A Daily news digest by Jasper van Santen

Red Cross presses for international action to protect medics targeted in war zones- The Observer

In News on April 22, 2012 at 20:43

red cross

Red Cross presses for international action to protect medics targeted in war zones

As rebel troops hunting Colonel Muammar Gaddafi besieged the Libyan town of Sirte in the final days of the uprising, Dr Ali Mohamad al-Khamli made a dangerous choice. The 26-year-old Libyan surgeon decided to stay on in the Ibn Sina hospital, knowing that his humanitarian gesture meant he was risking his life. But he did not realise that he might face death at the hands of patients’ relatives.

Al-Khamli and his colleagues were trying to save the lives of the wounded under the most difficult circumstances. “The water tank of our hospital was damaged in the fighting, and medical supplies were not being received,” he said. “At one point we had to use candles and the lights of our mobile phones to operate on patients, as we had no fuel for our generator. The worst, however, happened when our operating theatre was hit by rockets and destroyed.”

For the next 12 hours, no surgery was possible in spite of the rising number of wounded. Dead bodies were delivered too, but there was nowhere to keep them. Al-Khamli carried on as best he could, barely eating, and sleeping for just three or four hours a day.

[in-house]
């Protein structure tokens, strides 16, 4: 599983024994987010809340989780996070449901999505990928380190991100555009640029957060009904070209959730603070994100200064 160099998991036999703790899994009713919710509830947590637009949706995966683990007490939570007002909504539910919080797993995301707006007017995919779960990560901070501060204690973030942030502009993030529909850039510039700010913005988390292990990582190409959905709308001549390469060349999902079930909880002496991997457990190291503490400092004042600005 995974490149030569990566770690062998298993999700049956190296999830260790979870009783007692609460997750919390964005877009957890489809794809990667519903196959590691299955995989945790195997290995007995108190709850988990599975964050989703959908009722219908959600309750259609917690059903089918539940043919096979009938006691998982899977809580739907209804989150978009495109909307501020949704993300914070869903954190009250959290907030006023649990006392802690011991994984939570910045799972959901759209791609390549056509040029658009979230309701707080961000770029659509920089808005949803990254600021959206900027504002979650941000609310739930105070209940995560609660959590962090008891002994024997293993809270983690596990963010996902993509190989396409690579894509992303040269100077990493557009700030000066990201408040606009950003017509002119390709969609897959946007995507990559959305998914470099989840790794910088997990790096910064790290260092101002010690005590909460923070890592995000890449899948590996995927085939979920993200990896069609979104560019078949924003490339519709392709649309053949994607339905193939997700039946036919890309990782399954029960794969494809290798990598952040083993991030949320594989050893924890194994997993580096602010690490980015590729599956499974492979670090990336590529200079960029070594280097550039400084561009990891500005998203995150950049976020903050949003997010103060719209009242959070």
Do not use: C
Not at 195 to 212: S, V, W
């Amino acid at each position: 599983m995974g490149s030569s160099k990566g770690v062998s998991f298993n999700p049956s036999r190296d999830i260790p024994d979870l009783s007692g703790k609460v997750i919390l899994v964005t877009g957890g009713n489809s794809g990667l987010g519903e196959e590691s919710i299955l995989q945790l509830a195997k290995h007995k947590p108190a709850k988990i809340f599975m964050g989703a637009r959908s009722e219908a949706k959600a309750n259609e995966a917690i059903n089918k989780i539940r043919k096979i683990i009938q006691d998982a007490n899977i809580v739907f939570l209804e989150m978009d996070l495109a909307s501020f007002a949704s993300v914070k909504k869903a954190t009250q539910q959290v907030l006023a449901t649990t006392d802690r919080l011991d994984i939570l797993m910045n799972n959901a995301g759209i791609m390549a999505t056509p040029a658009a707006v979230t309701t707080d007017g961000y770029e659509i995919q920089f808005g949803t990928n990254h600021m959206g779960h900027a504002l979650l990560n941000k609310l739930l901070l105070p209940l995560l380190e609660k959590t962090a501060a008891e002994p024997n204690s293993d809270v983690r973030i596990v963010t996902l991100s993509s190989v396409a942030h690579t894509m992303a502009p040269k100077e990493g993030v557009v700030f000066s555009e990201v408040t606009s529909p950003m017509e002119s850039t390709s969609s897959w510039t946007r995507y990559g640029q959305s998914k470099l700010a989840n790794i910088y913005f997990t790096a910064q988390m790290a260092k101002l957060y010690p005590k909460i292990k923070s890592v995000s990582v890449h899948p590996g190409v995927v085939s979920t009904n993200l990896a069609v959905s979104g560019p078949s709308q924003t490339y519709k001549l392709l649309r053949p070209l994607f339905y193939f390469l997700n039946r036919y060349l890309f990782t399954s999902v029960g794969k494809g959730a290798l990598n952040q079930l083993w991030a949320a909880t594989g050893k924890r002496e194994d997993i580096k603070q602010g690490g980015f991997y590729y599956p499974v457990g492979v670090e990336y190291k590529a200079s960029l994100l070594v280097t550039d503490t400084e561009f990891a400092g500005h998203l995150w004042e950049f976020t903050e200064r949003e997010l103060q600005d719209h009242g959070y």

In such tense and desperate circumstances families turned their guns on the doctors, ready to do anything to ensure that their child, mother or father was treated first. Surgeons were threatened that, if the patient died, they would pay with their own lives. “I learned that other rules take over during war,” said al-Khamli.

But he carried on, attempting to work according to his own medical ethics. “Despite the lack of respect shown by some people with weapons, doctors have to meet the needs of the patients.”

Dr Mustafa Elijaafari, 25, returned to Libya from his studies in London during the conflict and operated in field hospitals with a dozen other young doctors on the front lines of Sabha and Bani Walid. He, too, found the normal boundaries between care and conflict could simply disappear. “We had to set clear rules in the field hospitals, as people were entering with their weapons,” he said. “People had to understand that we were there to heal wounds, not to cause them.”

In Libya, Syria, Afghanistan, Iraq, Somalia and other conflict-torn countries, international rules and understandings on the sanctity of hospitals and other medical facilities are being eroded as never before. Television footage has made the dangers that healthcare staff run more visible. The International Committee of the Red Cross (ICRC) has embarked on a major campaign to persuade governments and international organisations to work to protect healthcare in conflict situations and encourage respect for medical ethics.

 

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